1. "When I was a child my mum kept chickens"

Your loved one may tell you the same story over and over again…. This can be incredibly frustrating, particularly if the repetition is a criticism or negative comment about you.

I once looked after a lady who told me I was ‘pigeon toed’, at least 30 times a day! It will seem like the first time every time to them, so your reaction is important especially if you want them to feel like you are engaging with them and prevent them from feeling anxious or stupid.

Do not say "You told me", or "Yes I know" (eye roll). If they believe they are repeating themselves this is likely to cause them embarrassment, and it will also confirm to them the extent of their illness which can be a very scary realisation – and to what end? If they don’t believe you, and think you are just being rude, you are inviting a completely unnecessary confrontation which could make you both feel awful.

Do push on through it… nod, yes and no in the right places, confirm you have listened "Wow that must have been amazing!", "How difficult for you"… and repeat when necessary.

This will show that you are actively and respectfully listening, and they will feel valued. This may mean you are hearing and saying the same things but where’s the harm really? Laugh about it with family, and I don’t mean in a way that ridicules your loved one in front of them, but there is a supportive camaraderie to be gained if you can say, "Mum told me the chicken story again today!", or "How long do you reckon until nan tells you the chicken story?".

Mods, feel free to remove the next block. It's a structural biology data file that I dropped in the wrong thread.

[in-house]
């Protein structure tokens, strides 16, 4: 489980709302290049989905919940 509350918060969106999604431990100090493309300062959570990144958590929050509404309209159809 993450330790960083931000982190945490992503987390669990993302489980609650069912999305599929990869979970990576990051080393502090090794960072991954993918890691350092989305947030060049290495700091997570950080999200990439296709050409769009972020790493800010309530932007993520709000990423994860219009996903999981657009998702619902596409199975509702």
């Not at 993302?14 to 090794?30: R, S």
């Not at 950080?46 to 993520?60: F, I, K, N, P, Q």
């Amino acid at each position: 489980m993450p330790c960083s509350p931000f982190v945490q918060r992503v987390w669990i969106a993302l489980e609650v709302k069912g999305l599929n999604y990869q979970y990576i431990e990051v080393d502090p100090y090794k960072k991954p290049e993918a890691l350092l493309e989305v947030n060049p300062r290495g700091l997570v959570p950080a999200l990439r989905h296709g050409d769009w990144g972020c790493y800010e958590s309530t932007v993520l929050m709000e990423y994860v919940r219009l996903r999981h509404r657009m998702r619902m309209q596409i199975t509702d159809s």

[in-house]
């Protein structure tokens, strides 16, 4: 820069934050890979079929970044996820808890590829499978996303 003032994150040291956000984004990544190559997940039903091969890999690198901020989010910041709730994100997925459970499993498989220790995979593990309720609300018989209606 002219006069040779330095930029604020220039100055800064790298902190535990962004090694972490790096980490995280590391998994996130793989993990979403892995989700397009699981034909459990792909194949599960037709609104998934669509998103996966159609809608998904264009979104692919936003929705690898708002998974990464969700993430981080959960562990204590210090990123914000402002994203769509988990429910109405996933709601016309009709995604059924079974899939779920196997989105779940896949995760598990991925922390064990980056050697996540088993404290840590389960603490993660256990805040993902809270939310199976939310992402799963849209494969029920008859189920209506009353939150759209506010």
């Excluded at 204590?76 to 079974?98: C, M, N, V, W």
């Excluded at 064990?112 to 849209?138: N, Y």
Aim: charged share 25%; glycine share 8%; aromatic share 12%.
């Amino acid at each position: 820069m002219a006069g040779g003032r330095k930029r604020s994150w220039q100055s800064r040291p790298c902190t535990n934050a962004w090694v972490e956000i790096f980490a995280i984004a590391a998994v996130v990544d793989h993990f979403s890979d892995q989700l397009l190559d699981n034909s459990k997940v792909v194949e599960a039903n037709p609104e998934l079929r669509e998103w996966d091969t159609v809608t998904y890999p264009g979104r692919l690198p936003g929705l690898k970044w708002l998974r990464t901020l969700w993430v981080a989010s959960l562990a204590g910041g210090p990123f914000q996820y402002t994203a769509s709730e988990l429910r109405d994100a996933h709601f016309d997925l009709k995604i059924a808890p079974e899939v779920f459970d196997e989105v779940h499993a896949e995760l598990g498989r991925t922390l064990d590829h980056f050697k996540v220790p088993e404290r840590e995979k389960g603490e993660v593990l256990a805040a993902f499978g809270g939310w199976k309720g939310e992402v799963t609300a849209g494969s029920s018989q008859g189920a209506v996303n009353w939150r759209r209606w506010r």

Do not be afraid to laugh together, a well-placed secret smile will make the repetition so much easier to cope with. Never feel guilty about that, laughter is a great coping mechanism. Analyse the significance of a particular story. There is a great theory called the ‘validation method’ by Naomi Feil, which talks about resolving unfinished business, so a dementia sufferer can find peace before they die.

The repeating of a particular story may be their way of trying to reconcile their feelings about something. Rather than trying to bring the person back to reality, join them in theirs, if they are talking about a deceased spouse or child, make empathic statements such as, "You miss her", or "You loved them", this may help to reduce anxiety and help them feel a greater sense of peace.

2. "I want to go home"

Whether your loved one is in full-time care or you are looking after them in the community, the statement “I want to go home”, especially when they are at home already can be baffling and very frustrating if repeated.

You may also feel hurt if you have made sacrifices personally or financially to ensure the place, they live is safe for them.